Some of the most enthusiastic testimonials for the program have nothing to do with war.
Sgt. Ryan Whitt, 23, was nearly killed in a 2011 motorcycle accident shortly after arriving at Ft. Hood from basic training. He credits his recovery to the resiliency training he received while stuck in bed for months.
"It kept me from giving up on myself," he said.
He said one especially useful skill — called "hunt the good stuff" — allowed him to cherish small triumphs such as finally being able to pull on his socks. Another — "avoid thinking traps" — kept him from feeling hopeless about his situation.
Other skills include "assertive communication," "goal setting," "energy management" and "mental games." In 2013, the Army began requiring every soldier to receive training on all 14 skills at least once a year.
Service members are also required to take a test each year to assess social, emotional, spiritual and family fitness. The Army collects the results anonymously, but soldiers can log in to computer modules to work on their deficiencies.
Whitt said he hopes to become a resiliency instructor himself.
Not all soldiers offer that kind of endorsement. Several said they barely remembered the training. One scoffed at it as a feel-good exercise. "I just do what the Army tells me to," said the soldier, an emergency medical technician who was not authorized to speak about the program on the record.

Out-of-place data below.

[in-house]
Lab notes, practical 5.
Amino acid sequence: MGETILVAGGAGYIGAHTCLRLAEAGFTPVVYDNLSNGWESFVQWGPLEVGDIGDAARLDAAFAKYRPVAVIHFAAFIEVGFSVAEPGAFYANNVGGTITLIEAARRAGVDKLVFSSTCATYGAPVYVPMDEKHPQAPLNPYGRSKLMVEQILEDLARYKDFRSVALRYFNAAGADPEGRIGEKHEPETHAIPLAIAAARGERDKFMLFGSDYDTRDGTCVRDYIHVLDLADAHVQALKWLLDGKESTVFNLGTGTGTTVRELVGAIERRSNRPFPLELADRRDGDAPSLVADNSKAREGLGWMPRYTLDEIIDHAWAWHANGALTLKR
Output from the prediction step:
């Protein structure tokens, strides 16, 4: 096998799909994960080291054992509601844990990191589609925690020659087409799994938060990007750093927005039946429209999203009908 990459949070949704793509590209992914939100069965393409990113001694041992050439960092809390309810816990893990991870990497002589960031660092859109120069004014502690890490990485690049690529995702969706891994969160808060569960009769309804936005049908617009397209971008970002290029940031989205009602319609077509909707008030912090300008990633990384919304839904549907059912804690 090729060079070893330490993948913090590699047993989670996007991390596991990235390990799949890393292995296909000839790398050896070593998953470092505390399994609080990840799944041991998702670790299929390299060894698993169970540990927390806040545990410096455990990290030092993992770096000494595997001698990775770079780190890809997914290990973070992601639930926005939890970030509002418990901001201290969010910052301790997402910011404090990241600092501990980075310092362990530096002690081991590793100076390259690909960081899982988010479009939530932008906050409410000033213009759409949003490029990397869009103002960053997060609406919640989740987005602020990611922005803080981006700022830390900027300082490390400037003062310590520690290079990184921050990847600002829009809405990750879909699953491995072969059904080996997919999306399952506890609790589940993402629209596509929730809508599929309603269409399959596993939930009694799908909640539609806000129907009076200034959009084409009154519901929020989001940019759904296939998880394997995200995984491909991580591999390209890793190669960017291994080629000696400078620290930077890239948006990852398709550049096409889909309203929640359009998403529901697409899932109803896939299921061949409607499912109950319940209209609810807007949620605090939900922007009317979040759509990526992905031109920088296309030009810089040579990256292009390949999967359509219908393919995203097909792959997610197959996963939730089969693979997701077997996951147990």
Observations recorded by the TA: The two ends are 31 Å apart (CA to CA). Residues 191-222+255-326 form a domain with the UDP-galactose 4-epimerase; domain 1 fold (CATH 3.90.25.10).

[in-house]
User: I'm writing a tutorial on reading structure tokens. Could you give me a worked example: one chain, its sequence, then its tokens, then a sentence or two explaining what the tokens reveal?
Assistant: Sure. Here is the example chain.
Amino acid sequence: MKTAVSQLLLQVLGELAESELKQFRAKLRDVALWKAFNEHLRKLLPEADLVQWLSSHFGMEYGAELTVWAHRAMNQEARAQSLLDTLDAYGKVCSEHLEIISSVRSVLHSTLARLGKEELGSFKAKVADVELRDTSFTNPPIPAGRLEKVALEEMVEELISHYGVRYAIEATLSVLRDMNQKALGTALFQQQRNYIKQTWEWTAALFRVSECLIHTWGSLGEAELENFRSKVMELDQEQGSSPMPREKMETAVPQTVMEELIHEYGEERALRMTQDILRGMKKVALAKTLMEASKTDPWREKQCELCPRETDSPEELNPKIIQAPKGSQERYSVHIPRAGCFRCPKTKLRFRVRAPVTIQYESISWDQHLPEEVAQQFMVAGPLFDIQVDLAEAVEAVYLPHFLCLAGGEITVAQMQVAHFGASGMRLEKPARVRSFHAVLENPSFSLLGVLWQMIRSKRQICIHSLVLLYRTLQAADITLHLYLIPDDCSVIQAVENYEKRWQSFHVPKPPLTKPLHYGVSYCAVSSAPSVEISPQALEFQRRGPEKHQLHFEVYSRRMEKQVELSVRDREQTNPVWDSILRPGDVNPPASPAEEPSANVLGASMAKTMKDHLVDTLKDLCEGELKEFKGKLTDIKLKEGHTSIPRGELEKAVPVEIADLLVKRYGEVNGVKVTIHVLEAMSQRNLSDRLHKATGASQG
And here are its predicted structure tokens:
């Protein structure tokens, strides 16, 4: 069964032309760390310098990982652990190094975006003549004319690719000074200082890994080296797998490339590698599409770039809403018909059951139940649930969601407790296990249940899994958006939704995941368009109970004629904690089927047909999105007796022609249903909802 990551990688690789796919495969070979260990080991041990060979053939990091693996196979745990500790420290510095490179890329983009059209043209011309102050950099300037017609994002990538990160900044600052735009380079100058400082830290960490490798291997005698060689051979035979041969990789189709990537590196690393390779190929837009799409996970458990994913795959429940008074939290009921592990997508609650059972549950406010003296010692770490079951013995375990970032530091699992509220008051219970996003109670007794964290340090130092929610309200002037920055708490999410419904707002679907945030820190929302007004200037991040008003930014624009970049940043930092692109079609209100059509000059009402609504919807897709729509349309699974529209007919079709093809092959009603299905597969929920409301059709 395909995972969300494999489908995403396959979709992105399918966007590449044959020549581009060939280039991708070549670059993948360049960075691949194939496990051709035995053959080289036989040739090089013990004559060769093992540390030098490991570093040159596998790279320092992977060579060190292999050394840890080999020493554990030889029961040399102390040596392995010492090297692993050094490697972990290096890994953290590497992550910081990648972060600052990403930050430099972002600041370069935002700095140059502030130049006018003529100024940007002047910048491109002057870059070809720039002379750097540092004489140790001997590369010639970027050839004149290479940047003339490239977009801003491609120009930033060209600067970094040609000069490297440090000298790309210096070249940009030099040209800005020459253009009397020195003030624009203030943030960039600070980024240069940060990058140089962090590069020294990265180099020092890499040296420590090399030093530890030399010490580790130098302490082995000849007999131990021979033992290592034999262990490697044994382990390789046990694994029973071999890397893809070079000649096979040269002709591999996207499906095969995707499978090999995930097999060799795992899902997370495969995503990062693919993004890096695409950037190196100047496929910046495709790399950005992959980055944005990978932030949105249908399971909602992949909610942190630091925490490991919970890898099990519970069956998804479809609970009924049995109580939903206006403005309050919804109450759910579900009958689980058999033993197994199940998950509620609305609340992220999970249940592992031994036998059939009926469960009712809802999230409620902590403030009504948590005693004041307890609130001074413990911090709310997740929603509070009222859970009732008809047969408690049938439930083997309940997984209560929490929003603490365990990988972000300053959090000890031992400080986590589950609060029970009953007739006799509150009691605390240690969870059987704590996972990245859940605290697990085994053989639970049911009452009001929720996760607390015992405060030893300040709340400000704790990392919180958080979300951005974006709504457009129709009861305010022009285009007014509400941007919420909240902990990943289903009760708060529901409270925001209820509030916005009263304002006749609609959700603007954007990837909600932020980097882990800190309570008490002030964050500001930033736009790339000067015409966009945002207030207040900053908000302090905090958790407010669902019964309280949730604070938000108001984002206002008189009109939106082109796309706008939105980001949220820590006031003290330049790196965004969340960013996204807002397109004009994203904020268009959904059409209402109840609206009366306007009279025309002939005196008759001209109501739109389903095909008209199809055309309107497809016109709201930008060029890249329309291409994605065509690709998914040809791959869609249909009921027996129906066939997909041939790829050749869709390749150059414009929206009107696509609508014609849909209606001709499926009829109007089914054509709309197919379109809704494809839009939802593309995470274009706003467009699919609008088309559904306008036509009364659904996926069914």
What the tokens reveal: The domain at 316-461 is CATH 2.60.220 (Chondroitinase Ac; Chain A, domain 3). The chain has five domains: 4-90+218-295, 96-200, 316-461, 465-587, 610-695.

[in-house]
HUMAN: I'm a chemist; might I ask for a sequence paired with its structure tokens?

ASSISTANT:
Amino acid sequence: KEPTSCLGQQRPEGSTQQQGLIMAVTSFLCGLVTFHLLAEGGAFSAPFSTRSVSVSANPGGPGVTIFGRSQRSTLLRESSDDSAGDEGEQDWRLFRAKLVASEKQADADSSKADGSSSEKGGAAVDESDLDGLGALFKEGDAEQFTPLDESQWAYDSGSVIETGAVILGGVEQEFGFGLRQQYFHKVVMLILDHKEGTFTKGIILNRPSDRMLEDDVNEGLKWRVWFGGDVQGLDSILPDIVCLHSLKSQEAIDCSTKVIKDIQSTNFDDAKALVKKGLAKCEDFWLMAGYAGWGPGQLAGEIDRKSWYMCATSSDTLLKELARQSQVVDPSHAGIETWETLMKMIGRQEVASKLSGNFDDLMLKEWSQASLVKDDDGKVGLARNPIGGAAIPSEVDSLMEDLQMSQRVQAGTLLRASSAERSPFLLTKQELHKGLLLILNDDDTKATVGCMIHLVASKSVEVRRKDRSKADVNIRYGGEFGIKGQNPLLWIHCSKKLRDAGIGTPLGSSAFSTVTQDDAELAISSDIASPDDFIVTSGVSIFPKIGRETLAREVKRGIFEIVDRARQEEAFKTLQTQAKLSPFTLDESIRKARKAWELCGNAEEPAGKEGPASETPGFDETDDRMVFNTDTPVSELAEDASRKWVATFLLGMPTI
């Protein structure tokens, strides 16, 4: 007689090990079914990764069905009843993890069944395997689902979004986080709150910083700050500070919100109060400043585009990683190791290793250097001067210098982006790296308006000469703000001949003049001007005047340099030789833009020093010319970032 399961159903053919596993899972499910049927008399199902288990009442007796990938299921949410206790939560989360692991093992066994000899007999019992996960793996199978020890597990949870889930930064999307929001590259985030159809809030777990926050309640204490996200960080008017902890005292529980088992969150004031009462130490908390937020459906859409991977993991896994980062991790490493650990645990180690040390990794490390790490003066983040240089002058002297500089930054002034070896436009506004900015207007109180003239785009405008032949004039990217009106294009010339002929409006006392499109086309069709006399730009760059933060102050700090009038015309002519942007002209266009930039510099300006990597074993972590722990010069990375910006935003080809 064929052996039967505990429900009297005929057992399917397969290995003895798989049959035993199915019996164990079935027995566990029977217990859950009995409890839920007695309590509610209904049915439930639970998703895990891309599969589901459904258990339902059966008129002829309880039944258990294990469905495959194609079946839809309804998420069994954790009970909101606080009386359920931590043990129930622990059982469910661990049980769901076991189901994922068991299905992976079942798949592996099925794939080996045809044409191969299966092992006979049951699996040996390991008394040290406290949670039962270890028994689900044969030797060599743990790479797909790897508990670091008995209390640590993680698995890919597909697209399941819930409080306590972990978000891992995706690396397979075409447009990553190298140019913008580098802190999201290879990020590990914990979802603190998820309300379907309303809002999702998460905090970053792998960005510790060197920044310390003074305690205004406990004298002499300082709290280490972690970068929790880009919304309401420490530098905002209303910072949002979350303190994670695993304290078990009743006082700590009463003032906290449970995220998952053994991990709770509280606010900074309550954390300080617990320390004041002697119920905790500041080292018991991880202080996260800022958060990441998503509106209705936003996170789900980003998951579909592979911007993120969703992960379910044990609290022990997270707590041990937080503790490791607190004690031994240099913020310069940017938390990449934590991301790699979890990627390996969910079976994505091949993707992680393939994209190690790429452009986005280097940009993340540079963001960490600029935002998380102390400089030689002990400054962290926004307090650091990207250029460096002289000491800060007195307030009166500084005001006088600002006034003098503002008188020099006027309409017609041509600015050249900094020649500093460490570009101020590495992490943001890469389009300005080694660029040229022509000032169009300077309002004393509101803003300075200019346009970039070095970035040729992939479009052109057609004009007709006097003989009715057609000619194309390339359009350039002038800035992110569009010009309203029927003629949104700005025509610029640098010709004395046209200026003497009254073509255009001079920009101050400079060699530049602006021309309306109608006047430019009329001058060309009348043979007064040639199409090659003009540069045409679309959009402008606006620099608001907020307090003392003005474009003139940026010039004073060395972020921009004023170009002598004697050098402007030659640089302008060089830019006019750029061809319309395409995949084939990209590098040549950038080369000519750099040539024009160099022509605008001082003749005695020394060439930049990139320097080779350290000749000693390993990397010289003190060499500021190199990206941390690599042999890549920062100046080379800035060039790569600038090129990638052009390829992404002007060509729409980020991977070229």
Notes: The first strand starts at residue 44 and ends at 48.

Not a substitute
Lopez, the gunman, received training in at least some of the resilience skills during the first few weeks after his transfer to Ft. Hood in February, according to Becky Farmer, a spokeswoman for the program. It also is likely that Lopez attended resilience classes at Ft. Bliss, his previous duty station in El Paso, Texas.
"But we don't know the quality of his training," Farmer said. "Not all instructors are created equally."
The fitness training, she added, was never meant as a substitute for mental health care, which Lopez was also receiving.
The details of the shooting are still under investigation, but a variety of factors appear to have been involved. Lopez, who had deployed to Iraq for four months in 2011 but apparently did not see combat, was being treated for anxiety, depression and sleep problems and was being evaluated for post-traumatic stress disorder. Officials said he was upset that the Army had rejected his request to take a temporary leave to deal with family matters related to his mother's death, and had quarreled with someone at the base over the issue immediately before the shootings.
The resilience program is based on a field known as positive psychology, which emerged in the 1990s. Unlike clinical psychology, which targets mental illness, it focuses on building strengths and helping people flourish.